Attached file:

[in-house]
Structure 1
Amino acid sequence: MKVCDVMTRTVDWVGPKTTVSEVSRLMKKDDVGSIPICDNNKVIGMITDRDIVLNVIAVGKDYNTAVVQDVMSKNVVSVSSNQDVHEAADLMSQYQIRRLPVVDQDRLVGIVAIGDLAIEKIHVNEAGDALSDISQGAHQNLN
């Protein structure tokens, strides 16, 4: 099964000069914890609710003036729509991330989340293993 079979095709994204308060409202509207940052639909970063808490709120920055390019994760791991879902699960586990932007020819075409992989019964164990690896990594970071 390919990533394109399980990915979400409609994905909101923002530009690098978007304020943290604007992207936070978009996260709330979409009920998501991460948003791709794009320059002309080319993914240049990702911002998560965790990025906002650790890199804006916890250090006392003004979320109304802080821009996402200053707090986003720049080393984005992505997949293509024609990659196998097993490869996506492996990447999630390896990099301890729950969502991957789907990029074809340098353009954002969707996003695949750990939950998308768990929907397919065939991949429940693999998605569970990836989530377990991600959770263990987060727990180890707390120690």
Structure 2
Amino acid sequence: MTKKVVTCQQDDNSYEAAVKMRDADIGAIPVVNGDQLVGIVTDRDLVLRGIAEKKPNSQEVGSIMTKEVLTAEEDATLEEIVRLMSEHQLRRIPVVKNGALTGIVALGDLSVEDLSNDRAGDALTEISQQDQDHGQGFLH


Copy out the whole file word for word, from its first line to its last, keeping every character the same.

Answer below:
[in-house]
Structure 1
Amino acid sequence: MKVCDVMTRTVDWVGPKTTVSEVSRLMKKDDVGSIPICDNNKVIGMITDRDIVLNVIAVGKDYNTAVVQDVMSKNVVSVSSNQDVHEAADLMSQYQIRRLPVVDQDRLVGIVAIGDLAIEKIHVNEAGDALSDISQGAHQNLN
């Protein structure tokens, strides 16, 4: 099964000069914890609710003036729509991330989340293993 079979095709994204308060409202509207940052639909970063808490709120920055390019994760791991879902699960586990932007020819075409992989019964164990690896990594970071 390919990533394109399980990915979400409609994905909101923002530009690098978007304020943290604007992207936070978009996260709330979409009920998501991460948003791709794009320059002309080319993914240049990702911002998560965790990025906002650790890199804006916890250090006392003004979320109304802080821009996402200053707090986003720049080393984005992505997949293509024609990659196998097993490869996506492996990447999630390896990099301890729950969502991957789907990029074809340098353009954002969707996003695949750990939950998308768990929907397919065939991949429940693999998605569970990836989530377990991600959770263990987060727990180890707390120690």
Structure 2
Amino acid sequence: MTKKVVTCQQDDNSYEAAVKMRDADIGAIPVVNGDQLVGIVTDRDLVLRGIAEKKPNSQEVGSIMTKEVLTAEEDATLEEIVRLMSEHQLRRIPVVKNGALTGIVALGDLSVEDLSNDRAGDALTEISQQDQDHGQGFLH